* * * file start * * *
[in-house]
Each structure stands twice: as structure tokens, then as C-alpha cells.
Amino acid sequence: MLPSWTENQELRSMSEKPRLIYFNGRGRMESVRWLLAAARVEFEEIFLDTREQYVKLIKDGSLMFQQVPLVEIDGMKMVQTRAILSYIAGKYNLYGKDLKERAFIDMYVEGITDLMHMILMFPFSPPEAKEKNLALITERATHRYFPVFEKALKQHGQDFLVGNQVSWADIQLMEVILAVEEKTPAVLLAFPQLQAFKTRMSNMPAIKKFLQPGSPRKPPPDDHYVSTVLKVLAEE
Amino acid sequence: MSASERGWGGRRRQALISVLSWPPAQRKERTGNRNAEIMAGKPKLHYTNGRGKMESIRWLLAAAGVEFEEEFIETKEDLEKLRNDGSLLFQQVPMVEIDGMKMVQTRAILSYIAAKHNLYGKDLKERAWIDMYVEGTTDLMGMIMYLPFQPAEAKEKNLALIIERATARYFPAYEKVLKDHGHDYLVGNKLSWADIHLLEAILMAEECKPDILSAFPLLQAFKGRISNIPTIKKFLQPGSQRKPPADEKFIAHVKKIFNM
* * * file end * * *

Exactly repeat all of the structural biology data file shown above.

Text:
[in-house]
Each structure stands twice: as structure tokens, then as C-alpha cells.
Amino acid sequence: MLPSWTENQELRSMSEKPRLIYFNGRGRMESVRWLLAAARVEFEEIFLDTREQYVKLIKDGSLMFQQVPLVEIDGMKMVQTRAILSYIAGKYNLYGKDLKERAFIDMYVEGITDLMHMILMFPFSPPEAKEKNLALITERATHRYFPVFEKALKQHGQDFLVGNQVSWADIQLMEVILAVEEKTPAVLLAFPQLQAFKTRMSNMPAIKKFLQPGSPRKPPPDDHYVSTVLKVLAEE
Amino acid sequence: MSASERGWGGRRRQALISVLSWPPAQRKERTGNRNAEIMAGKPKLHYTNGRGKMESIRWLLAAAGVEFEEEFIETKEDLEKLRNDGSLLFQQVPMVEIDGMKMVQTRAILSYIAAKHNLYGKDLKERAWIDMYVEGTTDLMGMIMYLPFQPAEAKEKNLALIIERATARYFPAYEKVLKDHGHDYLVGNKLSWADIHLLEAILMAEECKPDILSAFPLLQAFKGRISNIPTIKKFLQPGSQRKPPADEKFIAHVKKIFNM